Protection Against UVA And UVB Radiation: Photoaging

More than 90% of the symptoms of skin aging are caused by UV radiation. Both UVA and UVB rays can cause sun damage.

UVA rays penetrate deep into the subcutaneous tissue (subcutaneous tissue). They lead to the formation of free radicals and can thus trigger long-term sun damage such as skin aging and skin cancer. UVB rays penetrate less deeply – they lead to acute sunburn and, via direct DNA damage, to long-term skin damage.

Although the radiant energy of UVA rays is lower than that of UVB rays, we are exposed to them 30 to 50 times more. They are present throughout the daylight period and with more or less constant intensity throughout the year.

Because they can even penetrate through the clouds and through glass panes, you should use care products with sunscreen even on cloudy days. Long-term sun damage can be prevented in this way. 

A UV camera can make damage to the skin caused by too much sun visible that is not yet visible to the naked eye.

Preventing Sun Damage To The Skin And Photoaging

The importance of sun protection has been known for a long time and is confirmed by many studies. There is a high level of awareness of the dangers of unprotected skin when exposed to excessive solar radiation. This is shown by the fact that sun protection products are on almost every holiday packing list. Using it on particularly sunny days protects the skin safely from sunburn and long-term UV-induced damage.

But what about the areas that are constantly exposed to UV radiation – face, hands, and décolleté? It is only gradually becoming generally accepted that the early and regular use of a day cream with sun protection factor or sunscreen can prevent UV-induced skin aging.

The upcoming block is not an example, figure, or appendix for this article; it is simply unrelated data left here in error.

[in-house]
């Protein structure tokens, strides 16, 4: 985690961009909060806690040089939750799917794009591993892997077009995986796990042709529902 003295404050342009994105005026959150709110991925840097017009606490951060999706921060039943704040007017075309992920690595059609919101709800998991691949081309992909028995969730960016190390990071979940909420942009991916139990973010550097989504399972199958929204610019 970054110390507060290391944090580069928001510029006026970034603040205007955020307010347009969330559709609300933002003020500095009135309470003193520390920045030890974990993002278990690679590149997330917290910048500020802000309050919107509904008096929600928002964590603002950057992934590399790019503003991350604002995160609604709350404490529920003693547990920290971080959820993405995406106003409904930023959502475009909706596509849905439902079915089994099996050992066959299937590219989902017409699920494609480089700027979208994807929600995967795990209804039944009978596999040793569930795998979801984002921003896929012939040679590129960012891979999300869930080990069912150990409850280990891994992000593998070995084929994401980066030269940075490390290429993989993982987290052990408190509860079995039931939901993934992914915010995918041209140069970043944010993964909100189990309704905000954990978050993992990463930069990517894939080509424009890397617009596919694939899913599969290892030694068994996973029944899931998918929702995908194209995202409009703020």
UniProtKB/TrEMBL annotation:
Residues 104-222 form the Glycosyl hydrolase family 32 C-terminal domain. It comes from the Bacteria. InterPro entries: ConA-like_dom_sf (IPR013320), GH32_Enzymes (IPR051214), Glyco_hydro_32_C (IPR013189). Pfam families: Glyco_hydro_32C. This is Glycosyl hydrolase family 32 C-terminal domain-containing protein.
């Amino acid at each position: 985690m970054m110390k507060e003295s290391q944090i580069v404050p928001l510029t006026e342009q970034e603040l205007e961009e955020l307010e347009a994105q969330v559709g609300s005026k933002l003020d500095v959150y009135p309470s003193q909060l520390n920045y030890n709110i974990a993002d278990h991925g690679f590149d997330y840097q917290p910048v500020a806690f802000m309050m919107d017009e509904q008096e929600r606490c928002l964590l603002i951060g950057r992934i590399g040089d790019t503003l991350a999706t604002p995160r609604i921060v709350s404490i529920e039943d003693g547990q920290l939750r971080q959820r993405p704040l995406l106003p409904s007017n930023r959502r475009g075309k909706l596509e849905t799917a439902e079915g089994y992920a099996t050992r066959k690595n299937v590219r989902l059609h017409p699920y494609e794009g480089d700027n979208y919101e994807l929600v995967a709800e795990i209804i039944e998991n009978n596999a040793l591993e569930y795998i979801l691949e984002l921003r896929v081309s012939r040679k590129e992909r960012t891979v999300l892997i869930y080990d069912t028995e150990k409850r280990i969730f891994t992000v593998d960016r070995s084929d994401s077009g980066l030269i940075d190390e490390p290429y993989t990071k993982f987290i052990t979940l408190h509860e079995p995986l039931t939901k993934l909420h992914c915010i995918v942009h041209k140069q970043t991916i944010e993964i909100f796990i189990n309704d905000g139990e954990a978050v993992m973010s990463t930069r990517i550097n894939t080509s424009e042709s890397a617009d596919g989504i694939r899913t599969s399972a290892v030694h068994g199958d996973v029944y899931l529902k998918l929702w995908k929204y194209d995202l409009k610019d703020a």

Often we only realize the connection between sun exposure and UV-related skin aging when the first signs of aging become visible.

For example, only when the first wrinkles and small pigment spots appear. To effectively protect yourself from premature skin aging, you should use daily sunscreen all year round.

 

Anti-age care with sun protection or sun protection with anti-age effect?

Should one rather use anti-age care with integrated sun protection or better a sun cream with an anti-age effect? This depends on various factors.

Our rule of thumb:

  • On sunny summer or winter holidays, sun protection should be the main focus even on cloudy days.
  • For everyday life in the office or at home without long stays in the sun, the classic anti-age care is recommended.

In principle, anti-aging and sun products can also be combined well with each other – the product that is applied first is more effective.

Previous articleNeurodermatitis Of The Body And Atopic Eczema
Next articleCoronavirus – Covid 19 Complete Reference
Sandra Eades
Hello I am Sandra Eades, physician, researcher and author from Australia. I am working currently as researcher for a private institution. I have studied in Britain and Australia, where I currently reside. I write about research topics in the organization of the public health government agencies. For the iMS I write about general medical conditions. I also research scholar sources to provide information to writers of other articles. I also check the citations of scholar papers. Finally, I read other articles before they are published. I am also a mother of three children!